Child Rearing Styles

My research participants were working class parents, one of whom is a 35 year old Indian male which is the same ethnic group as I am (participant 1) and the other a 26 year old White male (participant 2). With regard to the information gathered, both parents have similar parenting styles. Both scored highest for authoritative child-rearing style (32 for participant 1 and 38 for participant 2) and second highest on authoritarian parenting style (with scores of 31 and 35 respectively).
Tutorial Letter 101 for PYC4805 (2013) mentions that high scores of these two parenting styles could indicate that these parents follow the authoritative style but may act in accordance with the authoritarian style in certain situations (Tut letter 101 PYC4805). Kendra Cherry of About. com enlightens us on each parenting style; the authoritative style parents establish rules and guidelines for which children are expected to follow. This parenting style is much more democratic.
Parents are responsive, nurturing, forgiving rather than punishing as well as willing to listen to their children and supply them with advice and guidance. The authoritarian style explains that there are strict rules which parents implement for their children to follow and failure of abiding by these rules is most likely to result in punishment. Parents of this style generally neglect to explain the reasoning behind these rules. These parents place high demands on their children, but are not responsive to them.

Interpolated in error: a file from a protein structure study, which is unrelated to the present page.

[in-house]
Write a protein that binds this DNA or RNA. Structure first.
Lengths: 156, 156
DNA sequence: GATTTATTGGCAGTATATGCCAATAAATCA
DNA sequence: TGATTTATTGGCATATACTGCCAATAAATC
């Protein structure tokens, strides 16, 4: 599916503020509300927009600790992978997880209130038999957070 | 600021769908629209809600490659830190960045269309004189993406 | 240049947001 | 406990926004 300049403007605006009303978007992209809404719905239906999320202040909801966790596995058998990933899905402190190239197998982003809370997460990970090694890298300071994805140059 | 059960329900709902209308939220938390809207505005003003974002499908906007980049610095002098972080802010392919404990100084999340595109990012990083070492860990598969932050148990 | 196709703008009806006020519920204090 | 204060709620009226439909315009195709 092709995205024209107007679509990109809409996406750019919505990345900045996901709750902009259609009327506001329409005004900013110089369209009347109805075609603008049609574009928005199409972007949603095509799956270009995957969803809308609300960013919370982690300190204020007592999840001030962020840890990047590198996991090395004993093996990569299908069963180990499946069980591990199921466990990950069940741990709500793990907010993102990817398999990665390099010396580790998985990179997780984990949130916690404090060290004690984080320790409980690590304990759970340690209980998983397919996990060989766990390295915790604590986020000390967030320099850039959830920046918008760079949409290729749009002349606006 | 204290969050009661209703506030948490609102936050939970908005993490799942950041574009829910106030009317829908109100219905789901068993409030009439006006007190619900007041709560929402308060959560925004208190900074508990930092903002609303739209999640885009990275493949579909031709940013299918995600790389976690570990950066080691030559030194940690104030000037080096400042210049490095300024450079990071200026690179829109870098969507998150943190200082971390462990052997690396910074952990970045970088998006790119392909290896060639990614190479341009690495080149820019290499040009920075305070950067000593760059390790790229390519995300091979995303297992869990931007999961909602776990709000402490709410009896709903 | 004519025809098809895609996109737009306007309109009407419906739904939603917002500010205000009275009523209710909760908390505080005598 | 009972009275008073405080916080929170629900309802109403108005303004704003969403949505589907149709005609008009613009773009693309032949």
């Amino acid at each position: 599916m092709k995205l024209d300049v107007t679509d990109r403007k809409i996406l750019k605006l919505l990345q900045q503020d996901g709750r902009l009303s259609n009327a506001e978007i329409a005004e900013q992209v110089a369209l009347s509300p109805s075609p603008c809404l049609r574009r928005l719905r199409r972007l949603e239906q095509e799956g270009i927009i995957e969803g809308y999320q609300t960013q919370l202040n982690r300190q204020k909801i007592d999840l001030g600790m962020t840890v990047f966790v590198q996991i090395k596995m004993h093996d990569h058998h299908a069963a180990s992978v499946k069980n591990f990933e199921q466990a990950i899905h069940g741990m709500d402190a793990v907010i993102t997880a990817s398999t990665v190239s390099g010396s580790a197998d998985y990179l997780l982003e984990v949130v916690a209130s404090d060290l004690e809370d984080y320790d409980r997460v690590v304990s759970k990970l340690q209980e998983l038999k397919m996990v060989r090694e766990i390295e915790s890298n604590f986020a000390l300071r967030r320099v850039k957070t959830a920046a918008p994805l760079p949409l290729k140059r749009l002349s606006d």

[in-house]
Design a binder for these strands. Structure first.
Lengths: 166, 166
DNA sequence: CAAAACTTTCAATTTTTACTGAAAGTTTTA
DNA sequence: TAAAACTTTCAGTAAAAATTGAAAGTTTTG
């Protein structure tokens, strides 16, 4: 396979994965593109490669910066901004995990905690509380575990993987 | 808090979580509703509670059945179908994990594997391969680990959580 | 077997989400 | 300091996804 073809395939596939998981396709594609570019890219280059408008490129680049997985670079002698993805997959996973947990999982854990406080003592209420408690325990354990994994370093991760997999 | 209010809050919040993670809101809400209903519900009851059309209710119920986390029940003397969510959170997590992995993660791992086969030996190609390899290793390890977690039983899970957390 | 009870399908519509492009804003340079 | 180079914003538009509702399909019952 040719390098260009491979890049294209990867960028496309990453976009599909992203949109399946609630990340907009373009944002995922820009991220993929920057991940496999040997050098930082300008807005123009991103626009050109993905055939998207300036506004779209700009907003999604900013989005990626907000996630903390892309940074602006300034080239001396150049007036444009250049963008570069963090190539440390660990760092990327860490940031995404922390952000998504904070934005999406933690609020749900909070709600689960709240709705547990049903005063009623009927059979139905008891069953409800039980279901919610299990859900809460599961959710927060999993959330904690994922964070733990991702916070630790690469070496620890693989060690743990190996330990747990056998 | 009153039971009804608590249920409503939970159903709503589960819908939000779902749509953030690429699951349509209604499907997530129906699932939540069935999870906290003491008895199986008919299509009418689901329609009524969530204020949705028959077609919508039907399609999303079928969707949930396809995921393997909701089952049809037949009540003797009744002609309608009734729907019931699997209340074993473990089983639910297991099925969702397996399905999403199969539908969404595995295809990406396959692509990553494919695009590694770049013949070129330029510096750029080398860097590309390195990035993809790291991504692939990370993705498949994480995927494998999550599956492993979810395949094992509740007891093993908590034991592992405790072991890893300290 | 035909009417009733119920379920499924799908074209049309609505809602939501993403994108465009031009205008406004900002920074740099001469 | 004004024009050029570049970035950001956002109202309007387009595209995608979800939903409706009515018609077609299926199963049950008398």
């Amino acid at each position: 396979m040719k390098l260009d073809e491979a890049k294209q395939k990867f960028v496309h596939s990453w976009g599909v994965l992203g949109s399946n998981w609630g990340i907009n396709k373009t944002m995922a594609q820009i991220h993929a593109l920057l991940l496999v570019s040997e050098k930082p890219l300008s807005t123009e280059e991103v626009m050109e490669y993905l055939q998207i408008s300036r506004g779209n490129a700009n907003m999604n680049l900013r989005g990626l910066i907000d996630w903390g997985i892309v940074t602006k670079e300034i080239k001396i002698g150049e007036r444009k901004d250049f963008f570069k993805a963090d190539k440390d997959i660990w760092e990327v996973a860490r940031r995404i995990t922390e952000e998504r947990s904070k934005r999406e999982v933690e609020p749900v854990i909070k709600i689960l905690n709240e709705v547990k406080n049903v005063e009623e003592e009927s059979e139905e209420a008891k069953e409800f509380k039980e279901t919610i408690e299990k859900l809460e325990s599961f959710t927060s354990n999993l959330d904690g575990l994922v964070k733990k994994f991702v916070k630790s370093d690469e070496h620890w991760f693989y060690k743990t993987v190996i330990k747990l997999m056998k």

Uninvolved parenting styles yielded the lowest scores of 19 and 10 for each participant; this is characterised by few demands, low responsiveness and little communication. The prosocial behaviour scores were again very similar (participant 1 scored 90 and participant 2 scored 87). Participant one’s child is a 5 year old boy and has more experience in social settings with other children. He attends school and has 3 siblings of which he is the second child, as well as spending a lot of time with other family members, especially his grandparents; this creates many environments in which to adapt and learn prosocial skills.
Dekovic & Janssens (1992) found that a child’s acceptance by a peer group plays an important role in his or her social and personality development. Participant two’s child is a 2 year old boy, is an only child and does not attend day-care and lacks exposure to social settings involving other children. He spends on average, 70 hours a week with his father and is also at an age where he depends on the care of his parents more. Participant 1 spends an average of 29 hours a week.

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